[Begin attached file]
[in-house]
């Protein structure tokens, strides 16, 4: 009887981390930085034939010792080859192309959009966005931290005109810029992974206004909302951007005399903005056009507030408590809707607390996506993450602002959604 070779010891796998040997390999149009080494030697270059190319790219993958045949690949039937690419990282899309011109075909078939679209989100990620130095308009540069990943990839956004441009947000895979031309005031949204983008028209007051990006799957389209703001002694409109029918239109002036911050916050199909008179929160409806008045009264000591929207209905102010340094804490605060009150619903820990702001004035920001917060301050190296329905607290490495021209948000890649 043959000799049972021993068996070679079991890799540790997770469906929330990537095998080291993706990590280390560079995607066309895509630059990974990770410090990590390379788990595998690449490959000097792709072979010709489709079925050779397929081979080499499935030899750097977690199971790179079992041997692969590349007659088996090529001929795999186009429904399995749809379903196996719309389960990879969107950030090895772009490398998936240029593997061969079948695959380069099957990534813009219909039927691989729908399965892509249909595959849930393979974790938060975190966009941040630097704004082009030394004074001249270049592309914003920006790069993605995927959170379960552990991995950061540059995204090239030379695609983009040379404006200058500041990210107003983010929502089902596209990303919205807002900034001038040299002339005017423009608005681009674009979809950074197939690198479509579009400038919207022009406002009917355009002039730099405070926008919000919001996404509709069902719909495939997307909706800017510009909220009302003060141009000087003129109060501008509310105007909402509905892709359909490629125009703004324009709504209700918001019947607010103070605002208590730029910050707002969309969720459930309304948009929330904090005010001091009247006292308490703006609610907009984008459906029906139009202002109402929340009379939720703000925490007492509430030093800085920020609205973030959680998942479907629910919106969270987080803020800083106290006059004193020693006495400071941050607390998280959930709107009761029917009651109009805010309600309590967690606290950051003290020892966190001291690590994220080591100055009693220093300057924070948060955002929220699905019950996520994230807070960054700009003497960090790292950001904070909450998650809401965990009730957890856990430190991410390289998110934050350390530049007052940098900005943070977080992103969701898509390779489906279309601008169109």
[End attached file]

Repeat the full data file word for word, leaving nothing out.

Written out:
[in-house]
């Protein structure tokens, strides 16, 4: 009887981390930085034939010792080859192309959009966005931290005109810029992974206004909302951007005399903005056009507030408590809707607390996506993450602002959604 070779010891796998040997390999149009080494030697270059190319790219993958045949690949039937690419990282899309011109075909078939679209989100990620130095308009540069990943990839956004441009947000895979031309005031949204983008028209007051990006799957389209703001002694409109029918239109002036911050916050199909008179929160409806008045009264000591929207209905102010340094804490605060009150619903820990702001004035920001917060301050190296329905607290490495021209948000890649 043959000799049972021993068996070679079991890799540790997770469906929330990537095998080291993706990590280390560079995607066309895509630059990974990770410090990590390379788990595998690449490959000097792709072979010709489709079925050779397929081979080499499935030899750097977690199971790179079992041997692969590349007659088996090529001929795999186009429904399995749809379903196996719309389960990879969107950030090895772009490398998936240029593997061969079948695959380069099957990534813009219909039927691989729908399965892509249909595959849930393979974790938060975190966009941040630097704004082009030394004074001249270049592309914003920006790069993605995927959170379960552990991995950061540059995204090239030379695609983009040379404006200058500041990210107003983010929502089902596209990303919205807002900034001038040299002339005017423009608005681009674009979809950074197939690198479509579009400038919207022009406002009917355009002039730099405070926008919000919001996404509709069902719909495939997307909706800017510009909220009302003060141009000087003129109060501008509310105007909402509905892709359909490629125009703004324009709504209700918001019947607010103070605002208590730029910050707002969309969720459930309304948009929330904090005010001091009247006292308490703006609610907009984008459906029906139009202002109402929340009379939720703000925490007492509430030093800085920020609205973030959680998942479907629910919106969270987080803020800083106290006059004193020693006495400071941050607390998280959930709107009761029917009651109009805010309600309590967690606290950051003290020892966190001291690590994220080591100055009693220093300057924070948060955002929220699905019950996520994230807070960054700009003497960090790292950001904070909450998650809401965990009730957890856990430190991410390289998110934050350390530049007052940098900005943070977080992103969701898509390779489906279309601008169109």